Erin Gruwell. Photo courtesy of the Freedom Writers Foundation. 
3:15pm | Even Hilary Swank couldn’t imitate Erin Gruwell’s exuberance and sheer aura of captivation. And Erin fought for Ms. Swank — vehemently. She met Reese Witherspoon. Greeted Gwenyth Paltrow. But, much to the chagrin of movie executives, insisted on Swank. And while the choice of Swank was rather spot-on, it still doesn’t match Erin herself. 

Perhaps it is her saturation and love for this place, the Long Beach-ness which is Erin that is so difficult to fully replicate, much like the fact that this city isn’t quite Los Angeles and isn’t quite Orange County.

She refuses to go with the sentiment that Long Beach is always up and coming but never ups and never comes. “Really?” she asks incredulously. “The Freedom Writers, we travel all over the world and whenever we come back, it’s home — in all senses of the term. Everywhere else, outside of New York  City, is divisive. There’s this side of the tracks and that side of the tracks. Long Beach is this microcosm of all races and ethnicities and identities. I love Long Beach.”

This upcoming Monday, a screening of her documentary, Stories from an Undeclared War, will screen at the Carpenter Center. It will provide you a glimpse of her doing what she does best while also reminding Long Beach of the magnitude of her work for not only our city, but for the educational model in our country at large. 

Her story, made famous by her book “The Freedom Writers Diary” and the film in which Swank portrayed her, Freedom Writers, is simple. She started at Wilson High and, following her higher education stint at University of California, Irvine, came back to Long Beach to teach herself. 

Long Beach was in tension and plight simultaneously: a rise in gang violence, the Navy removed, Rodney King, and the riots which invaded the streets in our city. Erin was not, by any means, in the Long Beach that exists now. Working with marginalized kids, then-Superintendent Dr. Carl Cohn was attempting to assimilate predominantly black schools with more affluent white students in the Poly High area — a social experiment which Erin described as “the point where we’re gonna take rich, white kids from Virginia Country Club and Belmont Shore, put ’em in Poly, and make it this prestigious PACE Magnet institution where everyone is integrated, where privilege is more spread.”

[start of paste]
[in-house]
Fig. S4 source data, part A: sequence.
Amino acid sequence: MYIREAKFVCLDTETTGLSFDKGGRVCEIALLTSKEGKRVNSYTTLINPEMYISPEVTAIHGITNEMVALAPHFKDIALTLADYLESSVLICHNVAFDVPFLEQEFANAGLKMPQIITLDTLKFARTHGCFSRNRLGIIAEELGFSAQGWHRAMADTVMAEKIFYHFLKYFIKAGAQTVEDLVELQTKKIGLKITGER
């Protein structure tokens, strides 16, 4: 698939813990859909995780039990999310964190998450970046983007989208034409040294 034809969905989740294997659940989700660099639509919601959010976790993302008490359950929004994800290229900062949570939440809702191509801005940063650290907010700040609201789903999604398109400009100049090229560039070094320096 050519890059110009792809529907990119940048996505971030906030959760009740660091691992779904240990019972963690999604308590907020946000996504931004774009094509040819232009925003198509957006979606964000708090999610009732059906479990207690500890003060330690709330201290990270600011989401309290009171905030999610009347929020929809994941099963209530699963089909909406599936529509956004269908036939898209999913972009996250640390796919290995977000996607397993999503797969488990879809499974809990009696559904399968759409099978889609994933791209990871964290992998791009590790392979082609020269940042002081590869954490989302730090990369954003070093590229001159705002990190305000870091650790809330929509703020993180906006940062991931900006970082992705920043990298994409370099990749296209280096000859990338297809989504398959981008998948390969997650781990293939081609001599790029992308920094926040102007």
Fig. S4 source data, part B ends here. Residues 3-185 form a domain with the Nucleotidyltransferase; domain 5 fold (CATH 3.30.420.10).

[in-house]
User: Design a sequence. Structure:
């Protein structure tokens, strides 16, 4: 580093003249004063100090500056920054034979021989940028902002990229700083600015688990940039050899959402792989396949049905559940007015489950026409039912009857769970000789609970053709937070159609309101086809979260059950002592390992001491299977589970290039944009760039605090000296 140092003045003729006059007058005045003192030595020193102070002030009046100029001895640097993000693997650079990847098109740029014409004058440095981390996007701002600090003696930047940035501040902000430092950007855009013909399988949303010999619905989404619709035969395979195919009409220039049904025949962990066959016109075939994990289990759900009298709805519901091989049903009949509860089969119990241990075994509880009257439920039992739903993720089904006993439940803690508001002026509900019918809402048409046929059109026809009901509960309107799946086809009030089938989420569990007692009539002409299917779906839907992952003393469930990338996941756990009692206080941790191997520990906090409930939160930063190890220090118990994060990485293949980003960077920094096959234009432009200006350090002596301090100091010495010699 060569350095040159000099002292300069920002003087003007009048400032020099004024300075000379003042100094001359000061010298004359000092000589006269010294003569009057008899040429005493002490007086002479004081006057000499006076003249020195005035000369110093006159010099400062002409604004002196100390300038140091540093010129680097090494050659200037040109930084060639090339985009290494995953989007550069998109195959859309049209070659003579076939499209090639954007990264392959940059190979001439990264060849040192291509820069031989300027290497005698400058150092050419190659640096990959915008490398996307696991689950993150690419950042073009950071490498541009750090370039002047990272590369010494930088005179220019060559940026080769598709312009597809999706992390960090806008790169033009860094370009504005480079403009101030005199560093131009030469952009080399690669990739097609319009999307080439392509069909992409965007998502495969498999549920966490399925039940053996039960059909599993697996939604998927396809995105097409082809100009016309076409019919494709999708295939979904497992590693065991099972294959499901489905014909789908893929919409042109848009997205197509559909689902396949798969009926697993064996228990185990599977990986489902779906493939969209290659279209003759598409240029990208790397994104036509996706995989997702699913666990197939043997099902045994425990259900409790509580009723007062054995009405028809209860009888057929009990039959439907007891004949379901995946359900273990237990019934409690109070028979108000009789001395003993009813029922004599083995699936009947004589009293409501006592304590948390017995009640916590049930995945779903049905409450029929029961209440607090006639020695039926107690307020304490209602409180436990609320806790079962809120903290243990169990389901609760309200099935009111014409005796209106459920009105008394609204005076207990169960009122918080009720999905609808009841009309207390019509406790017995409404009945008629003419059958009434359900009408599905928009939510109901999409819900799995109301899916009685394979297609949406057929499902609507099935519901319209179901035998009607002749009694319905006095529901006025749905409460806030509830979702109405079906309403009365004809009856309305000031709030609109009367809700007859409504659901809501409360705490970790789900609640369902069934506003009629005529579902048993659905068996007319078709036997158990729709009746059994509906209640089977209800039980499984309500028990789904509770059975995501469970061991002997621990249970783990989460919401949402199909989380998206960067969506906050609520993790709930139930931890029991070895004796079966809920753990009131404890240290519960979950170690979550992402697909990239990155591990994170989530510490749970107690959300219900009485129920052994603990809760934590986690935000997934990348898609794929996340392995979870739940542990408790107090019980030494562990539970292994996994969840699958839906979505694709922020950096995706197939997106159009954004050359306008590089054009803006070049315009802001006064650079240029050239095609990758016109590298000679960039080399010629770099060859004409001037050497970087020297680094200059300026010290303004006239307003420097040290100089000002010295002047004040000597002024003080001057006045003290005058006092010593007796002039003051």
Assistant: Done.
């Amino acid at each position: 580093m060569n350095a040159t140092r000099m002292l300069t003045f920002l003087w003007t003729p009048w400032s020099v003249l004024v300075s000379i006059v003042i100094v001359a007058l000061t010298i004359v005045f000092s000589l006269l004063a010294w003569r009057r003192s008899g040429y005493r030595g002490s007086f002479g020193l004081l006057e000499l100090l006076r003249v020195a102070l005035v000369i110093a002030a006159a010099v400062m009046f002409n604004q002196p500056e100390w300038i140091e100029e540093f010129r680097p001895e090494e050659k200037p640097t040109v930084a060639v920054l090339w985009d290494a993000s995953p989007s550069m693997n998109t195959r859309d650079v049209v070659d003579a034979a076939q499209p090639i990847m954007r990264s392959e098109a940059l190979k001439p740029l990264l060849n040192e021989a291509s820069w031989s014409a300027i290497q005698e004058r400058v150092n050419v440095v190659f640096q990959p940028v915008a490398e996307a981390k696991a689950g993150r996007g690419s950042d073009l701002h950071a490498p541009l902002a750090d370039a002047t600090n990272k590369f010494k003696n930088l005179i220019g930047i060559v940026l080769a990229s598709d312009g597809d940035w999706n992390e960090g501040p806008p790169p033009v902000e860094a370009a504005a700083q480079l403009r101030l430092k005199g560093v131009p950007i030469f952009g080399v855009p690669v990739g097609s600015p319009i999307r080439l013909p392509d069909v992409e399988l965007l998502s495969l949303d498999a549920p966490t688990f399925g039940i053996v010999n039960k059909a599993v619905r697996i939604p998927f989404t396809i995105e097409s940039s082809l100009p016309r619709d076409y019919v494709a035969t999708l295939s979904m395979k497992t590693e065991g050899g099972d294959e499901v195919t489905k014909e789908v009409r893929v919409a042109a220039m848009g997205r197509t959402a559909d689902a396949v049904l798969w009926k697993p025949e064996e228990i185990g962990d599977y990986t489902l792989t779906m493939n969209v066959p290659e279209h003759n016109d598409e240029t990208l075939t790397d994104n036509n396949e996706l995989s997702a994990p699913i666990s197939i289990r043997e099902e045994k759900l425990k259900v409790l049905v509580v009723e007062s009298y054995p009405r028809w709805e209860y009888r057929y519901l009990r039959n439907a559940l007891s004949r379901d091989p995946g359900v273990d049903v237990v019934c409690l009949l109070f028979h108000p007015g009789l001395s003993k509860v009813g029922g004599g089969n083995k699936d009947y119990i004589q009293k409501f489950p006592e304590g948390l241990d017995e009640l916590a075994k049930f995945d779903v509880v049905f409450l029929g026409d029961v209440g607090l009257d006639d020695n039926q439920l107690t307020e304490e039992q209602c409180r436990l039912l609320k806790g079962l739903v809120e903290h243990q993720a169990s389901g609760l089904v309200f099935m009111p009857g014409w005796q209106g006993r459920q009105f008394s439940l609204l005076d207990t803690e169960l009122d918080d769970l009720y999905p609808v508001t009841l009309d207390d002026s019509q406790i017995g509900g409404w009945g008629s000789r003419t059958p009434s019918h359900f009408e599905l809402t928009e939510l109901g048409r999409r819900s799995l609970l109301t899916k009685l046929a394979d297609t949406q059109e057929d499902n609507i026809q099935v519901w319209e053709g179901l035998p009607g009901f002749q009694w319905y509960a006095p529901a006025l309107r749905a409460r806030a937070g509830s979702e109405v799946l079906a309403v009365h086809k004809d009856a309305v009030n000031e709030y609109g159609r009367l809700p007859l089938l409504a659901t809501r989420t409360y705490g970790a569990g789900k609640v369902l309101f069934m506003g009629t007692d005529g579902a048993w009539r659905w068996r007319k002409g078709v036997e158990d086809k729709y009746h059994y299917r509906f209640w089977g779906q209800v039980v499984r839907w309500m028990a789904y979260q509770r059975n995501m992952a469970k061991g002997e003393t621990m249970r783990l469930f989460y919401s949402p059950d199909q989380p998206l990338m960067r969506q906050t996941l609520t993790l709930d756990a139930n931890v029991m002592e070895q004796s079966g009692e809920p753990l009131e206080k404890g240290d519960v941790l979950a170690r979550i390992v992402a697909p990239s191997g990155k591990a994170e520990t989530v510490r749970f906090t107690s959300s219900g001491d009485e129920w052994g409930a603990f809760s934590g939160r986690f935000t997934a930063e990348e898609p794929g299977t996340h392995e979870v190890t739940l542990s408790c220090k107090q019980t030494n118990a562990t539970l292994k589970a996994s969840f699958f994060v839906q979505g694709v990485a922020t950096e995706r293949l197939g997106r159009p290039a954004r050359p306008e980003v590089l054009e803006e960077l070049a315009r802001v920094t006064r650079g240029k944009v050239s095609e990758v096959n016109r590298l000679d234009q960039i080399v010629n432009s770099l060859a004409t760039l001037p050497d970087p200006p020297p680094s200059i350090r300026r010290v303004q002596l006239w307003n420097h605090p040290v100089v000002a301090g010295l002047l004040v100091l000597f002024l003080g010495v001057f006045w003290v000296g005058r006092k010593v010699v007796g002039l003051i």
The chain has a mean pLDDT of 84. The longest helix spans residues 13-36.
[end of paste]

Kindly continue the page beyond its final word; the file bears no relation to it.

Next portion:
The problem was that the school remained horrifically segregated, with whites grouped together, attending separate classes, and even having a separate bell system, dividing the class periods between the haves and have-nots. Erin was unaware of this, presuming that — as was stated on paper at least — that Long Beach was this microcosm of diversity and integration.

Upon arrival at Wilson to teach, she realized how horrible this so-called integration program worked. Racism was rampant, with a “Distinguished Scholars” program that heavily dichotomized white and black students to, in the words of Erin, “appease the parents choosing not to send their kids to Poly.”